Introduction
Arimo’s growing data science team’s charter includes researching and developing new methods and applications for machine learning and deep learning.
One theme we’re investigating is distributed deep learning. The value and variety of patterns and predictions that can be found with deep learning compounds when there are large datasets and models. However, training large models can be slow and difficult if the data or model does not fit one machine’s memory. When Google open sourced their TensorFlow deep learning library, we were excited to try TensorFlow in the distributed Spark environment.
In this blog post, we’ll give you an overview of the current development at Arimo: How to scale Google’s Deep Learning Library with Distributed Tensor Flow on Spark. This talk was presented at the Spark Summit East 2016. Click to watch the full presentation | Download slides
Make sure to check back for future posts where we’ll be investigating Google’s newly released distributed versions of Tensorflow.
TensorFlow
Late in 2015, Google open sourced their deep learning library TensorFlow to much fanfare. At Google, TensorFlow is in production for a variety of production applications from search to maps to translations, so the library has been extensively tested at scale. A Google whitepaper describes the various systems considerations that went into TensorFlow’s design. The open source library only contains the single-machine implementation, possibly due to the full distributed version’s dependence on Google’s infrastructure. (Editor’s Note: Google has now open-sourced their distributed code)
To investigate the capabilities of a distributed version of TensorFlow, we adapted the single machine version of TensorFlow to Apache Spark. Apache Spark brings in-memory computing and scalable distributed computing. We want to know if TensorFlow and Apache Spark can work together to deliver a powerful, scalable distributed deep-learning platform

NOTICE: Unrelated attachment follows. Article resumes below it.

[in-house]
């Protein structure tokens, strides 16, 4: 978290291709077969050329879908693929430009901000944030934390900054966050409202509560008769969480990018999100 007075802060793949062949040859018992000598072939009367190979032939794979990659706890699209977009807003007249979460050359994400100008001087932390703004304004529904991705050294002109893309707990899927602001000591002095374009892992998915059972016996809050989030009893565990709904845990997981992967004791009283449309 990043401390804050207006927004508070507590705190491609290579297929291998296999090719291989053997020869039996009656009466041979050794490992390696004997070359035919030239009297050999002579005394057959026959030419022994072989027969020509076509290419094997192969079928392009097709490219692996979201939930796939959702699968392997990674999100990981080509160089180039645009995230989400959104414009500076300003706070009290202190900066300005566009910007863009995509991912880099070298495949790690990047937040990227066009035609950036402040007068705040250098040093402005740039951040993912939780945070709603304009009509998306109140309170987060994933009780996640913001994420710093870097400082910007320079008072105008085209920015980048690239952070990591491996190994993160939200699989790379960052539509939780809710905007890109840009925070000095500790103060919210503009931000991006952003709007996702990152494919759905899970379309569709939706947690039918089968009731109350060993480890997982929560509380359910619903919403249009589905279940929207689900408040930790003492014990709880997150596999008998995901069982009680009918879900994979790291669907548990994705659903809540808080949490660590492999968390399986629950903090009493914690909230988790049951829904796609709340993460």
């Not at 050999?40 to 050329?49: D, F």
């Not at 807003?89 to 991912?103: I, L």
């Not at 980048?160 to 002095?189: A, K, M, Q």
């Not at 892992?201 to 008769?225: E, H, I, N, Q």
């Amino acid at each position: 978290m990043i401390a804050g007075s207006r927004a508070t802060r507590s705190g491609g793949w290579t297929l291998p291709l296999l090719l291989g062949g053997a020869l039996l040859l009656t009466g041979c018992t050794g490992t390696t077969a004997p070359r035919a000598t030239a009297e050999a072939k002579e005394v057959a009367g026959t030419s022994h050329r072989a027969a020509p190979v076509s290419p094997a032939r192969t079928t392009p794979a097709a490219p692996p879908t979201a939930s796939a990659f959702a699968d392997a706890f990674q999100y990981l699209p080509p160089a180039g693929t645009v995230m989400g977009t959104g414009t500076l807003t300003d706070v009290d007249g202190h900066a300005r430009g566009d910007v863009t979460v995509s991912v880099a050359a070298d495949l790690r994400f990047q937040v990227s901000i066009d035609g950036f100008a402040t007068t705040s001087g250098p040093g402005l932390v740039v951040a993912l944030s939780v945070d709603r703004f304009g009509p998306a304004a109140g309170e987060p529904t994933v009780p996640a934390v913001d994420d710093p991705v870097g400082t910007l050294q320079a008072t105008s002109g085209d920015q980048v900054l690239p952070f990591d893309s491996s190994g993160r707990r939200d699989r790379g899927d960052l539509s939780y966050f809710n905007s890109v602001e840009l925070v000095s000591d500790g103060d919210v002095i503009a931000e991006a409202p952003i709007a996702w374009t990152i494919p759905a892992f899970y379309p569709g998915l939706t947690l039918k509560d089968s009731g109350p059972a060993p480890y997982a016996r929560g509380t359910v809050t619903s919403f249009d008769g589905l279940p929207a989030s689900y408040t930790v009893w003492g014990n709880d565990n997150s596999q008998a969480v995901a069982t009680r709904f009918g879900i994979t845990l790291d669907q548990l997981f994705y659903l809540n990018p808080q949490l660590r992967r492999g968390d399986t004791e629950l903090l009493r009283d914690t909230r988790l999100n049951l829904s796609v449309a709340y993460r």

Architecture
So how did we do it?
TensorFlow has a Python API for building computational graphs, which are then executed in C++ while Spark is written in Scala and has a Java and a Python API, so it was natural to choose Python as the implementation language.
The essential question for TensorFlow on Spark is how to distribute training of neural networks on Spark. Spark is excellent for iterated map-reduce problems, but training neural nets is not a map-reduce problem (See 13 dwarves of parallel computing). Taking a cue from Google, we imitated their DownpourSGD architecture. The DownpourSGD architecture is a data-parallel setup, meaning each worker has the entire model and is operating on data different from the other workers (data-parallel), as opposed to having different parts of the model on different machines (model-parallel).
Figure 1: On the left is the diagram from Google’s Distbelief paper,
on the right is a schematic of our implementation
Essentially, we take the gradient descent method, split it into two—“Compute Gradient” followed by “Apply Gradients (Descent)” and insert a network boundary between them.
Figure 2: Schematic of the role played by driver and workers.
The driver and workers send and receive data via websockets.
The Spark workers are computing gradients asynchronously, periodically sending their gradients back to the driver (parameter server), which combines all the worker’s gradients and sends the resulting parameters back to the workers as the workers ask for them.
The name “DownpourSGD” comes from the intuition that if we view gradient descent as a water droplet flowing down the error-hill, then the asynchronicity of the workers suggests several water droplets near each other all flowing downhill into the same valley along different paths.
Experimental Setup
We tested the scaling capabilities of the implementation across the following dimensions
- Dataset Size
- Model Size
- Compute Size
- CPU vs GPU
Dataset Size
Dataset Name | Rows | Columns | Cells | Description |
MNIST | 60,000 | 784 | >39.2M | 60K 28×28 images |
Higgs | 10,000,000 | 28 | 280M | https://archive.ics.uci.edu/ml/datasets/HIGGS |
Molecular | 150,000 | 2,871 | 430M | https://www.kaggle.com/c/MerckActivity |
Notice that between the larger two datasets, the Higgs dataset is much larger in terms of number of rows while the Molecular set is larger in total number of data points (rows x columns). This leads to interesting results during model training.
Model Size
We used feed forward networks for each of our models, mainly for simplicity of computing model size, i.e. total number of weight and bias variables
Dataset | Hidden Layers | Hidden Units | Total Parameters |
MNIST | 2 | 1,024 | 1.8M |
Higgs | 3 | 2,048 | 14.3M |
Molecular | 3 | 2,048 | 8.5M |
Compute size